WASHINGTON, February 11, 2016— The World Bank Board of Executive Directors yesterday approved a US$30 million loan to help enhance Jamaica’s resilience to disasters and climate hazards through the promotion of risk management.
Jamaica is one of the countries in the world most at risk of natural disasters, with high percentages of GDP and population vulnerable to two or more types of hazards. Damages and losses from hydro-meteorological disasters and earthquakes were estimated at over US$3 billion between 1988 and 2013. In addition, according to the Intergovernmental Panel on Climate Change (IPCC), the impact of sea level rise and intensified storm surges in the Caribbean will be highest in Jamaica.
“The government is actively working to reduce the country’s vulnerability to disaster and climate risk through a number of initiatives. This project aims to improve the capacity of government agencies to generate and use hazard and risk information to shape local and national actions and make infrastructure more resilient,” said World Bank Country Manager for Jamaica, Galina Sotirova.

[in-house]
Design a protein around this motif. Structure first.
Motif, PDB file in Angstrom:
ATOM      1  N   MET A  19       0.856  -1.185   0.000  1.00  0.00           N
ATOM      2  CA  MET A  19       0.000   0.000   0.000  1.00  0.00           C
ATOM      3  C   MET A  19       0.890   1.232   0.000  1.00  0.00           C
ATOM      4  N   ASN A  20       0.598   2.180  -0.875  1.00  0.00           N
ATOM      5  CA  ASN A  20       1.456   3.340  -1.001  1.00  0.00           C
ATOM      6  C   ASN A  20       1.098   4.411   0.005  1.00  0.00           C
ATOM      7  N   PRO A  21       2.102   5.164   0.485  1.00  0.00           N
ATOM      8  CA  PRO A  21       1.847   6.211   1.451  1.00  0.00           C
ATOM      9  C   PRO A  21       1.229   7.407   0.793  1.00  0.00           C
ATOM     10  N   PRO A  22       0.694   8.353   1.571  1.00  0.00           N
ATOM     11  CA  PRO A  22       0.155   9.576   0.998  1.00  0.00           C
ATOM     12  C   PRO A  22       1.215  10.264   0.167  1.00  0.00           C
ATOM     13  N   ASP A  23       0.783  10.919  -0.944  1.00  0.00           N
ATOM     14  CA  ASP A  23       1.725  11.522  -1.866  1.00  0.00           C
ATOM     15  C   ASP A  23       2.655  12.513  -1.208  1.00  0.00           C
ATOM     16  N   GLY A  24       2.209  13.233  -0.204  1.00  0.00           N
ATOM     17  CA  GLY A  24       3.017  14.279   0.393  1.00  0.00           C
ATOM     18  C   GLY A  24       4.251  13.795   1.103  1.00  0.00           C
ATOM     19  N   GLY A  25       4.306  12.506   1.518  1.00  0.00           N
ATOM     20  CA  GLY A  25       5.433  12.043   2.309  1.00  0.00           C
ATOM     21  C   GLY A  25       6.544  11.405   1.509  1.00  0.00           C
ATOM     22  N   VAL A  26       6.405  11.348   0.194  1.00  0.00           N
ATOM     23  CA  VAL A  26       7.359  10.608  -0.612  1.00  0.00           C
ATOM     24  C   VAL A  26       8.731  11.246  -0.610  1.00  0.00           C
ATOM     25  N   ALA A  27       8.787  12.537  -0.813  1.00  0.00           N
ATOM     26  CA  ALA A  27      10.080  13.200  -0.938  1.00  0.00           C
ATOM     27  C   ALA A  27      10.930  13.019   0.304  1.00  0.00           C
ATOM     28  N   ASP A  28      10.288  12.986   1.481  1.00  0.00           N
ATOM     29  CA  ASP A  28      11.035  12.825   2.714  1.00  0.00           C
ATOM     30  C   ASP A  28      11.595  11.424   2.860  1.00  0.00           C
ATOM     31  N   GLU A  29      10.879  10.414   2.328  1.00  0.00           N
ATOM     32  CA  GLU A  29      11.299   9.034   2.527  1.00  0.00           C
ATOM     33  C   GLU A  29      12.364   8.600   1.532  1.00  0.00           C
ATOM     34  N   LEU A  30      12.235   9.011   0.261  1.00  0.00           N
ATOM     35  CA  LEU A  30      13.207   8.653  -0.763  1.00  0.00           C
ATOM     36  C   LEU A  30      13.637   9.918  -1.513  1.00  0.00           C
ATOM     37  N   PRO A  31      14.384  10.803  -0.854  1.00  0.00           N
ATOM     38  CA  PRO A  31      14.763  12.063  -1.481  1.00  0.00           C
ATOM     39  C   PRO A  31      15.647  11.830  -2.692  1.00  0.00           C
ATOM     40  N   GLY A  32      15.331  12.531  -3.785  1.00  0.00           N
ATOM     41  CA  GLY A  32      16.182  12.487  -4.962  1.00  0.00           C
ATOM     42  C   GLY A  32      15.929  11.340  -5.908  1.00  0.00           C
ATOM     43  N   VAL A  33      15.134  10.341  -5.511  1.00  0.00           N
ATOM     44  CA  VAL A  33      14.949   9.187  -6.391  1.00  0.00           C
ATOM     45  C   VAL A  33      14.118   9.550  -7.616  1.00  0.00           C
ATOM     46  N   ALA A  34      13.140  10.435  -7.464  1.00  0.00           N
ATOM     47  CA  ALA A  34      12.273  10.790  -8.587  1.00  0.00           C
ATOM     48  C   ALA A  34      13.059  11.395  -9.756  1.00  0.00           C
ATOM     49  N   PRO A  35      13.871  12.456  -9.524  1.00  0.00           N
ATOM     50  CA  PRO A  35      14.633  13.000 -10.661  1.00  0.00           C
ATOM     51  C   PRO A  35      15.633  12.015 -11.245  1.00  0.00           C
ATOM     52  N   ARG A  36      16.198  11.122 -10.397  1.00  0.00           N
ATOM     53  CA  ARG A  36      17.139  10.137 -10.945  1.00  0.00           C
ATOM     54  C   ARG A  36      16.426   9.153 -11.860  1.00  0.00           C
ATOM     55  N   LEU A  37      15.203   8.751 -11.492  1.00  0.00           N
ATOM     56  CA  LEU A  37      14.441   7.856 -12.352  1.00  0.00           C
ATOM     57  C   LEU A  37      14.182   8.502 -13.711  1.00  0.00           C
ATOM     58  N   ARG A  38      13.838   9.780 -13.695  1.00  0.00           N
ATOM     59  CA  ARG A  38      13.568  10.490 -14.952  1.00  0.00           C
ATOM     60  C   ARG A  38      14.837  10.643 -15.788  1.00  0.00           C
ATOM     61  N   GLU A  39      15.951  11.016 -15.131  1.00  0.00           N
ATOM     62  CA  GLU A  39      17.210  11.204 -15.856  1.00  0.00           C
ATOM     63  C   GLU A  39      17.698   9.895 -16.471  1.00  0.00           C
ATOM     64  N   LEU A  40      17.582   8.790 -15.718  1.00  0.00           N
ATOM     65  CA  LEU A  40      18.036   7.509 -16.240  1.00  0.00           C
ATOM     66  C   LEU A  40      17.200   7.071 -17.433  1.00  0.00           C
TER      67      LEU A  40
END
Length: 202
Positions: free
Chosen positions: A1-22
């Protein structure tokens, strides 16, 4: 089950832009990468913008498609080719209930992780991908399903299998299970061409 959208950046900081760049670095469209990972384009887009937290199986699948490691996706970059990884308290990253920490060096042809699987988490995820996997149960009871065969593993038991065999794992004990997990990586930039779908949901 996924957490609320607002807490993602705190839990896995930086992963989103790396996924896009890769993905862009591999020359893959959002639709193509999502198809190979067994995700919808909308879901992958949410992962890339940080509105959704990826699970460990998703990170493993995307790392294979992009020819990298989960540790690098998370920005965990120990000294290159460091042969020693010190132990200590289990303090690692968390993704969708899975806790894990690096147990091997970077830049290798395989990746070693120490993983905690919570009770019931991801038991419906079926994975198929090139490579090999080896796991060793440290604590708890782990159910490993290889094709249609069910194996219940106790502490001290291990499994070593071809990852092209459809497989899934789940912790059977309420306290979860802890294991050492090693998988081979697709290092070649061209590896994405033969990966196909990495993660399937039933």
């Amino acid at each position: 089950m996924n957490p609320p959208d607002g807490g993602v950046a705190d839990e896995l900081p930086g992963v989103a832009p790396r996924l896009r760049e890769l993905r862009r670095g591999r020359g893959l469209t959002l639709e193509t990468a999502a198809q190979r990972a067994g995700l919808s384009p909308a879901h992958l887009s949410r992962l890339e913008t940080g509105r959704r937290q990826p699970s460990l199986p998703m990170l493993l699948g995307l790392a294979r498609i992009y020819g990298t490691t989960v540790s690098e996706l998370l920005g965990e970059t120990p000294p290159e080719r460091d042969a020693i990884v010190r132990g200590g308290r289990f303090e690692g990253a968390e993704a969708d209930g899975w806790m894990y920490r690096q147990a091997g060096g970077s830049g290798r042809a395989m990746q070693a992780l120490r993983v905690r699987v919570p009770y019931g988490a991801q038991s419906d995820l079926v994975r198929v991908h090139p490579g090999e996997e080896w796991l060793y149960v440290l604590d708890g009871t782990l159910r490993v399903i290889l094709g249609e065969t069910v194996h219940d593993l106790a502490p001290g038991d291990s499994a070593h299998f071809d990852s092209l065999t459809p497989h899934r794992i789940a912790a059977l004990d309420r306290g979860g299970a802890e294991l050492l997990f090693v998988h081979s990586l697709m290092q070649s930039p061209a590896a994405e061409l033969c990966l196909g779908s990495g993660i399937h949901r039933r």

Among the concrete results to be achieved by the Jamaica Disaster Vulnerability Reduction Project are:
- Establishment of a National Risk Information Platform, Coastal Risk Atlas and strengthened seismic monitoring network;
- Building and rehabilitation of over 8,000 meters of storm drains;
- Building of new fire stations to benefit over 200,000 people;
- Training of approximately 450 government officials and constructors on the National Building Code and constructions practices;
- Development of several multi-hazard risk assessments for coastal areas.
The US$30 million loan from the International Bank for Reconstruction and Development (IBRD) for the Jamaica Disaster Vulnerability Reduction Project has a 30-year maturity period and a 7-year grace period.
For more information, please visit: www.worldbank.org/jamaica
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